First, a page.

I was in the mood for a present day, this-is-real-life type book. However, I got through most of it and then just let it go. I was trying to be interested, but the non-plot wasn’t quite neatly packaged enough. Maybe the real life situation was too far removed from anything I’ve experienced for me to feel the book was relevant to life. I think this book is probably a really good book, just not my type of book. I’d say that if you liked The Friday Night Knitting Club by Karen Jacobs, you will probably like this book. Another book of this type that I did enjoy was The Atlas of Love by Laurie Frankel. The characters in this book were always interesting to me and I am closer to their stage of life (graduate school, young mom days) than I am to the life stages of the main characters in Home Repair or The Friday Night Knitting Club.

The Perfume CollectorI saw The Perfume Collector advertised on Goodreads and borrowed the e-book from my library as soon as it was available. It was…well, rather sensual. I abandoned it pretty soon after starting it. Don’t read it if you dislike erotica. The characters themselves didn’t tempt me to keep reading, either. Grace was not very appealing–the smart, small, dark haired young wife of a professor who finds herself childless and feeling like a trophy wife, at best. That kind of character has been done so many times! The format of this book is one of those historical novels that shifts from a character in the past to a character in the present (the present in this book being the 1950s). I have read a few of those books that I really like (The Secret Keeper, for one), but I think that kind of plot can be clumsy if the author isn’t careful. In this book, it felt kind of clumsy. I wasn’t drawn in from chapter to chapter. I’ve read a few other reviews from people who did like this book to people who hated it, so you may have to just decide for yourself.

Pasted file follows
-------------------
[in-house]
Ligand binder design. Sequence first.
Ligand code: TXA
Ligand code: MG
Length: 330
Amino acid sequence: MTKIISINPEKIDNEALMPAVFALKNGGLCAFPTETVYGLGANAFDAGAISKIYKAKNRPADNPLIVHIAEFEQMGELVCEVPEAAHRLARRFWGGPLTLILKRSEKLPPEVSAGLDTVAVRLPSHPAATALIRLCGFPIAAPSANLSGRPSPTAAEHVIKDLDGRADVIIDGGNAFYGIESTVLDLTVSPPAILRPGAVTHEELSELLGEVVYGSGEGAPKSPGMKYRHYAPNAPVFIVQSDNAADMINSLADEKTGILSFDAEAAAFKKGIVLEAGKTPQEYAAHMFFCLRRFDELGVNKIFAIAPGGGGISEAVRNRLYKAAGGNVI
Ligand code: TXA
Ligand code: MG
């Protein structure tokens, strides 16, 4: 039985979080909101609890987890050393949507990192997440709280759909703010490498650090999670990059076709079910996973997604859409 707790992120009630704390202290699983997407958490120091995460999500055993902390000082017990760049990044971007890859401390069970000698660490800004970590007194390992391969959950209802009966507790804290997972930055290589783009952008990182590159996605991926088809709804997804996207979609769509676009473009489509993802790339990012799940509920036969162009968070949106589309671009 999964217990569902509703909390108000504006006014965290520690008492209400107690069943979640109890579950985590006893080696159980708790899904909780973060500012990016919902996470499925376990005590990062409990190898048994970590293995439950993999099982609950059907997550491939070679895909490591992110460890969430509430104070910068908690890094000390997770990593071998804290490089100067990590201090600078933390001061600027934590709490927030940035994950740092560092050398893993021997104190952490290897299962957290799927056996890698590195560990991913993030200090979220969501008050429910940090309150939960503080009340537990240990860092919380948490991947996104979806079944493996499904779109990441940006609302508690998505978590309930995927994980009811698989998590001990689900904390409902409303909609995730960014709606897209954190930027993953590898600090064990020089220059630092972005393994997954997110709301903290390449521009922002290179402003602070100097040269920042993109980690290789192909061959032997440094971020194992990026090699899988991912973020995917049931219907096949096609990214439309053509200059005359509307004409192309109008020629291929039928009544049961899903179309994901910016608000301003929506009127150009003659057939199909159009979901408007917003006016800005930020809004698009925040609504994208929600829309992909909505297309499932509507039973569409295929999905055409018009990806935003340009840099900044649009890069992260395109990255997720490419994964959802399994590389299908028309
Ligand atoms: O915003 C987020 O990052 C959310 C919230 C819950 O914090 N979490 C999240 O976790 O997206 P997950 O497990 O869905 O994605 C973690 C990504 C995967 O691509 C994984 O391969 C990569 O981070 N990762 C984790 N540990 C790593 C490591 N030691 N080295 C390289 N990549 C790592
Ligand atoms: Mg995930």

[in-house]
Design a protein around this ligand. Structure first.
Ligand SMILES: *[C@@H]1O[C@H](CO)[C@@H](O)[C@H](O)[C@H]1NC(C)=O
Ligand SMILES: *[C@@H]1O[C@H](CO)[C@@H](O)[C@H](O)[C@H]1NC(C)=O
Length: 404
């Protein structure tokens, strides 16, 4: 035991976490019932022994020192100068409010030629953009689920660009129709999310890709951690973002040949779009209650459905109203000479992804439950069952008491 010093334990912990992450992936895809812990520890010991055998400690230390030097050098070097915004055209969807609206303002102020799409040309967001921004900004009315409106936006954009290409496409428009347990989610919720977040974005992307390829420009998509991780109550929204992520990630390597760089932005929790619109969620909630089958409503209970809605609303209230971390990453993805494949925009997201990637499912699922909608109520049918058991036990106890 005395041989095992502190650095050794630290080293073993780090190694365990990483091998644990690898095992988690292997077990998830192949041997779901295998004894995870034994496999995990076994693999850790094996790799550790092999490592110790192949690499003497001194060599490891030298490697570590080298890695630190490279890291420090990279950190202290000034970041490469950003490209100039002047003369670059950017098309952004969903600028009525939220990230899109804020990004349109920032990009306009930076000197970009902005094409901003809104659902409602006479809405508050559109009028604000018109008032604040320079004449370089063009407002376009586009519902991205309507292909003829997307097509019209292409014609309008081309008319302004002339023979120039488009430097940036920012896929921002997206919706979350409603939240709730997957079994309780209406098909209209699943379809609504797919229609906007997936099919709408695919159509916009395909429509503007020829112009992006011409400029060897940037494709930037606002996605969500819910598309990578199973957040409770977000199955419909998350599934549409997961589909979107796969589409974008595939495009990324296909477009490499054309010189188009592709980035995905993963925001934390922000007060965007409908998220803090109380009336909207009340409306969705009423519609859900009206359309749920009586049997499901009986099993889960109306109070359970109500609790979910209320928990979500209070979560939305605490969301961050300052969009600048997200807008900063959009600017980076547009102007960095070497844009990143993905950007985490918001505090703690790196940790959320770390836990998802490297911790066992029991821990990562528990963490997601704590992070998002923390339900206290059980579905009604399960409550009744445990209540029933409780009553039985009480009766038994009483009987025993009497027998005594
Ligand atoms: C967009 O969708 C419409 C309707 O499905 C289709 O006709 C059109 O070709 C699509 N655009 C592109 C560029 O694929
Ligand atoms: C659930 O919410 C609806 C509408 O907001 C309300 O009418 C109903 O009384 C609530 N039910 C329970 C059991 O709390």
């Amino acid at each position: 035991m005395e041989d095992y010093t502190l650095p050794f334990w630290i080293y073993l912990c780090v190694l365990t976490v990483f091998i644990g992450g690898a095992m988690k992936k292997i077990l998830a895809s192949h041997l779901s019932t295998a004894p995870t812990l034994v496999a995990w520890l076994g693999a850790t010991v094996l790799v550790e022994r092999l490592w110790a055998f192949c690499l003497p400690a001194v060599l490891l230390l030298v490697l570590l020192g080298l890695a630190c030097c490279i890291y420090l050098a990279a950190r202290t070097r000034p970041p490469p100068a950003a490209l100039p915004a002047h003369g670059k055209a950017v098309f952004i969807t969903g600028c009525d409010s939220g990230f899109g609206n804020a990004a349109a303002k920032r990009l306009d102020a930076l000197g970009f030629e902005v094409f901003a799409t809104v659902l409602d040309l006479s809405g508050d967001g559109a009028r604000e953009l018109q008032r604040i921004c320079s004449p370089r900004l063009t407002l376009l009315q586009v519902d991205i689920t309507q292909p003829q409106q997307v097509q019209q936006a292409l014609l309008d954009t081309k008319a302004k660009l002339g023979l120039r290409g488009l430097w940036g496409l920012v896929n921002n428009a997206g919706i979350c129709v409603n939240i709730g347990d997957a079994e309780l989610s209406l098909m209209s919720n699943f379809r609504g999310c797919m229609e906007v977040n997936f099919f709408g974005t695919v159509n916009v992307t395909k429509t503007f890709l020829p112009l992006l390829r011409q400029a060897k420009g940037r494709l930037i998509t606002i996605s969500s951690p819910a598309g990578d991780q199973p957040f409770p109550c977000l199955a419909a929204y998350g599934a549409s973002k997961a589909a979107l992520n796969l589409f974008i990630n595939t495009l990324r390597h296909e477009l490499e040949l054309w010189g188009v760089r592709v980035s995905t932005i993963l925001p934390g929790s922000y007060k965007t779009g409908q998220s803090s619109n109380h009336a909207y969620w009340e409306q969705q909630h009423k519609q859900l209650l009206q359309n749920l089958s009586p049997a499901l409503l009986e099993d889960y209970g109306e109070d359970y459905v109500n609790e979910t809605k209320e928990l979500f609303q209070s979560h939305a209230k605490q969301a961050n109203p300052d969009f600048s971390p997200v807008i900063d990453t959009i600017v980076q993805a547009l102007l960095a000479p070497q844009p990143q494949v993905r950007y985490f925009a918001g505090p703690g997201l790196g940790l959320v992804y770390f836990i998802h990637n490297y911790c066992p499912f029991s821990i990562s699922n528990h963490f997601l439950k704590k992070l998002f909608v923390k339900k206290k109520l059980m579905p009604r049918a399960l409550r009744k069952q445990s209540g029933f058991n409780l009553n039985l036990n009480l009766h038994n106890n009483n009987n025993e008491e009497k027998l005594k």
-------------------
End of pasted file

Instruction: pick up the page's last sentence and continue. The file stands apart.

The Dry Grass of AugustFinally, the last “meh” read I’ve had this month was The Dry Grass of August. I picked this book up after deciding not to read The Homecoming of Samuel Lake and it became a case of “out of the fire, into the frying pan.” The book’s plot follows 13-year-old Jubie and her trip with her mother and siblings to Florida in the 1950s. It was similar in some ways to To Kill A Mockingbird but the thing about books written around the African American plight in the 1950s is that they will never come close to being as ground breaking because they weren’t written in that time period (obviously).  I’d also compare this book to The Secret Life of Bees but without the rich scenery and spirituality. It was actually a pretty good book, with a few too many crude details for my taste (I’m a prude, I know, I know). I probably would have liked this book better about five years ago. This summer, I’m just not in the mood for Southern lit.

I just received Islanders by Helen Hull in the mail last week and I am itching to begin it. Also, I still plan to read The Princess and the Goblin before the Summer is over.

How’s your Summer reading going so far?